“When you are doing something that is not about you,” says Joey Damico, “it shifts the paradigm.”

One afternoon last year, the new board members of Little Tribe Children’s Foundation heard the lyrics to Nahko Bear’s song “Manifesto.” The message went straight to their hearts, and they sought out Nahko and his band, Medicine for the People, to headline the nonprofit’s first benefit concert in support of arts and music therapy for kids.

Oregon’s Nahko Bear is a folk revivalist who, along with his tribe of spirited troubadours, makes community-healing music. Nahko’s weighty vocals drift in and out of ballads about cultural cohesion, environmental consciousness and social transcendence. The message is heavy, but the rhythms are energizing. It’s a combination that resonates with the vision of the Little Tribe organization.

The budding nonprofit is based in Sebastopol. Founder Joey Damico is an Oakland native and Rhode Island–raised West Countian whose corporate technology career propelled him to the top—until his personal life suddenly came crashing down. Damico found himself searching for something to heal a broken spirit: “I started thinking about my kids and my gratitude for how healthy they were. There are a lot of people who are not blessed with healthy children.”

Bay Area children’s hospitals offer lots of creative arts therapy programs, and doctors believe they have a tremendous impact on healing, even for terminally ill kids. Generally, however, they’re sparsely funded and lack the resources to expand. That’s where Little Tribe comes in, donating 90 percent of funds raised at major events to like-minded institutions. It’s an ambitious goal, and “it’s not easy to do but it’s our mantra,” assures Damico. “We are an all-volunteer army and our core principle is to run lean and mean.”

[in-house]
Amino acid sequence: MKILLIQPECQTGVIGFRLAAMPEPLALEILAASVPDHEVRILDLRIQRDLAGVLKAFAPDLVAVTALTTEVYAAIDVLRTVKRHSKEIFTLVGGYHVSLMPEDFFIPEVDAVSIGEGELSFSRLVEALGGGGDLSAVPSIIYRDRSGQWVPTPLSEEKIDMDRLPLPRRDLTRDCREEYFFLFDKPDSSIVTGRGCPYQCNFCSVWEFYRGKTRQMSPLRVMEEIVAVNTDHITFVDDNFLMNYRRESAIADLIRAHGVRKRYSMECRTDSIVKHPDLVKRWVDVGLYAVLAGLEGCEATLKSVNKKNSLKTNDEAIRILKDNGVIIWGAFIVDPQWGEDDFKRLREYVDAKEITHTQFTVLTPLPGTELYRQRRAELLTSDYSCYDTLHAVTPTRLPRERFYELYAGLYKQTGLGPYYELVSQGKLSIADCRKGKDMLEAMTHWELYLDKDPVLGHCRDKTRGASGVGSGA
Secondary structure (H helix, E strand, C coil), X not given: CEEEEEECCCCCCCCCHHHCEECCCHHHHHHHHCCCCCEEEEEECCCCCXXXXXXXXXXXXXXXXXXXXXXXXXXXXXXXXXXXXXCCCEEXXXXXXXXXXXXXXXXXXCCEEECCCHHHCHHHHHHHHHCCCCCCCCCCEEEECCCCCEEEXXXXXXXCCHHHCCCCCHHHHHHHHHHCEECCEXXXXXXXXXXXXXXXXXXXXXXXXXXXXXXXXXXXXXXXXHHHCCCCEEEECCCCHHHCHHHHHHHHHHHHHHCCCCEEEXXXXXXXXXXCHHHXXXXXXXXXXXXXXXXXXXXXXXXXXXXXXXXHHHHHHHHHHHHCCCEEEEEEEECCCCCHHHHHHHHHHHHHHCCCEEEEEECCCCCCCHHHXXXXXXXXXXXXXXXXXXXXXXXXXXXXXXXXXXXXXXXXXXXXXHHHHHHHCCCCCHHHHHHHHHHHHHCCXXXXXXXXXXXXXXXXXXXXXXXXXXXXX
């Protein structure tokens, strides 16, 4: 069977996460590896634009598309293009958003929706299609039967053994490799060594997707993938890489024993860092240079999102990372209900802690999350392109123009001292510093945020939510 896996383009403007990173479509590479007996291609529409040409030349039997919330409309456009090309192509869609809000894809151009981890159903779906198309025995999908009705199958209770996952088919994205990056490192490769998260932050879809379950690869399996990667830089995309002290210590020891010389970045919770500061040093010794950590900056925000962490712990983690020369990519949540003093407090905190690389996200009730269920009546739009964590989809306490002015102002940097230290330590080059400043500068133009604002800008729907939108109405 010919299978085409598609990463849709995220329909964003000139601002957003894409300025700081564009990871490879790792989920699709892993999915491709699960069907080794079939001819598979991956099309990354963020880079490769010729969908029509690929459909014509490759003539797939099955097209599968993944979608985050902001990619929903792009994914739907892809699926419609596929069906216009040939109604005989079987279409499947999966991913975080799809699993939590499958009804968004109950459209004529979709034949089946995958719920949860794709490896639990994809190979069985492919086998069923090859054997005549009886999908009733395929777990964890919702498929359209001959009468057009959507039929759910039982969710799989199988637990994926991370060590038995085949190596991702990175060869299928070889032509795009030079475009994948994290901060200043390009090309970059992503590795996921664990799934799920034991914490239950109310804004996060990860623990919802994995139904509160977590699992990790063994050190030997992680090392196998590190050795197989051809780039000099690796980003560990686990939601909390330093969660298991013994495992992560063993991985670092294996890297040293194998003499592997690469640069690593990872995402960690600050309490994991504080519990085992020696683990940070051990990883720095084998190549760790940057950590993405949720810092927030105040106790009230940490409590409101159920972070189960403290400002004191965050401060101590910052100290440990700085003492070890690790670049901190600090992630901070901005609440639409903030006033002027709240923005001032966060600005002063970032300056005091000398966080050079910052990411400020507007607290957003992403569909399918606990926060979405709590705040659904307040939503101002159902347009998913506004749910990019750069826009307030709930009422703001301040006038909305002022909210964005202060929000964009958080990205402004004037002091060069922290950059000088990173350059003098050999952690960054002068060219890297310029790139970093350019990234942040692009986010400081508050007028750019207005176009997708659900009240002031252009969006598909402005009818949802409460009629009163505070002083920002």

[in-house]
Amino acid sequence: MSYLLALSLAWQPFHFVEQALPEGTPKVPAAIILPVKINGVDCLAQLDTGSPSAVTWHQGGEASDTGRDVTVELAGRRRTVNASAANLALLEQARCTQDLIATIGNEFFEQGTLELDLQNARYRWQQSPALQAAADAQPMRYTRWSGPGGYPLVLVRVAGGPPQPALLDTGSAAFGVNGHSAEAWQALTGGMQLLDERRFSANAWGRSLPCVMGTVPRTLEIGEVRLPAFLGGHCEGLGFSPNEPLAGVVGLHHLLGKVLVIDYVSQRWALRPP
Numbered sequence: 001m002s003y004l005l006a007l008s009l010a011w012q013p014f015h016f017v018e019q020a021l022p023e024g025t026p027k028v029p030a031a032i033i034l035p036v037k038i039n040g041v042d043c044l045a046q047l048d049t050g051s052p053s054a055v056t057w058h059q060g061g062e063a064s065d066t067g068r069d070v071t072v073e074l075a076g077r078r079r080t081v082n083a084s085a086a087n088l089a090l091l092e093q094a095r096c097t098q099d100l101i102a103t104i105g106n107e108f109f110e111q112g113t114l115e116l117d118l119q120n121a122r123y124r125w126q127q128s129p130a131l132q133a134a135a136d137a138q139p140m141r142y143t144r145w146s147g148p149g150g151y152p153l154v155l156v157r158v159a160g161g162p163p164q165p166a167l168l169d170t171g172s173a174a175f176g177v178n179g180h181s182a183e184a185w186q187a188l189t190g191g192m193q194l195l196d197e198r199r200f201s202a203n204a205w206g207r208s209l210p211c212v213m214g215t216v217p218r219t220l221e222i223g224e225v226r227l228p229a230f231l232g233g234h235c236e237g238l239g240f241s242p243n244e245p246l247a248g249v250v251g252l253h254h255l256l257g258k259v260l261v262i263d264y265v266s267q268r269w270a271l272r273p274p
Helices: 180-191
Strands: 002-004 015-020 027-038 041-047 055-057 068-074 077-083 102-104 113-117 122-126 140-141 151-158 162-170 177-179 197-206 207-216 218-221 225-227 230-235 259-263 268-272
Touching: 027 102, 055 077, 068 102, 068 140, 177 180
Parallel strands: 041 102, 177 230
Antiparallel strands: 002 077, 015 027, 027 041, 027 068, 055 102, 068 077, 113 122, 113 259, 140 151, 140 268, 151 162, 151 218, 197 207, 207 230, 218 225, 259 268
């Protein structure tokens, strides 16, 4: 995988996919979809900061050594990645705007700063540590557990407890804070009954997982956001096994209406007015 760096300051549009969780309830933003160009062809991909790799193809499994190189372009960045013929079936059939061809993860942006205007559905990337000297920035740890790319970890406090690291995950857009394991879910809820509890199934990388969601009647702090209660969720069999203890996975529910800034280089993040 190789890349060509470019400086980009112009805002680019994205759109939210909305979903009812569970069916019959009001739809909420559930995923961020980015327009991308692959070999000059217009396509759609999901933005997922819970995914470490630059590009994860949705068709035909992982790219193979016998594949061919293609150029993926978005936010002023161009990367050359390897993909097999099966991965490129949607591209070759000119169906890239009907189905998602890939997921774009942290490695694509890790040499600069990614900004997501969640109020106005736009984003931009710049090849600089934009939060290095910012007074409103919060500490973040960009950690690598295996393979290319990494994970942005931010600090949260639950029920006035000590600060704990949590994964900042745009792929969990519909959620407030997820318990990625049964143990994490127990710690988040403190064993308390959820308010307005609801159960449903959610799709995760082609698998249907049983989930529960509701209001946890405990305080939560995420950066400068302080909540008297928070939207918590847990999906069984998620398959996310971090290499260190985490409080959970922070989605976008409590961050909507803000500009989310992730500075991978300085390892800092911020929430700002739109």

Damico is in good company with the foundation, enlisting successful local artists to head up the board of directors. “In any business relationship, you want to surround yourself with talented and inspired people,” he says. “But more importantly they need a skill set that augments your own.” Graphic designer Zack Darling, photographer Jade Turgel and hip-hop artist Tevya “Wisdom” Jones each lend a creative dose of professional artistry to attract community enthusiasm.

Also performing on Friday is Wisdom, whose third studio album, Full Spectrum, was released in March. Wisdom’s new bout of lyricism is rooted in conscious hip-hop, enriched with world rhythms and classic dancehall beats. Featured in the seminal film The Indigo Evolution, Jones believes children must develop themselves spiritual and musically. “If I could just reach one person and help uplift their life,” says Jones, “I mean, how many artists have done that for me? That’s what inspires and drives me in my music.”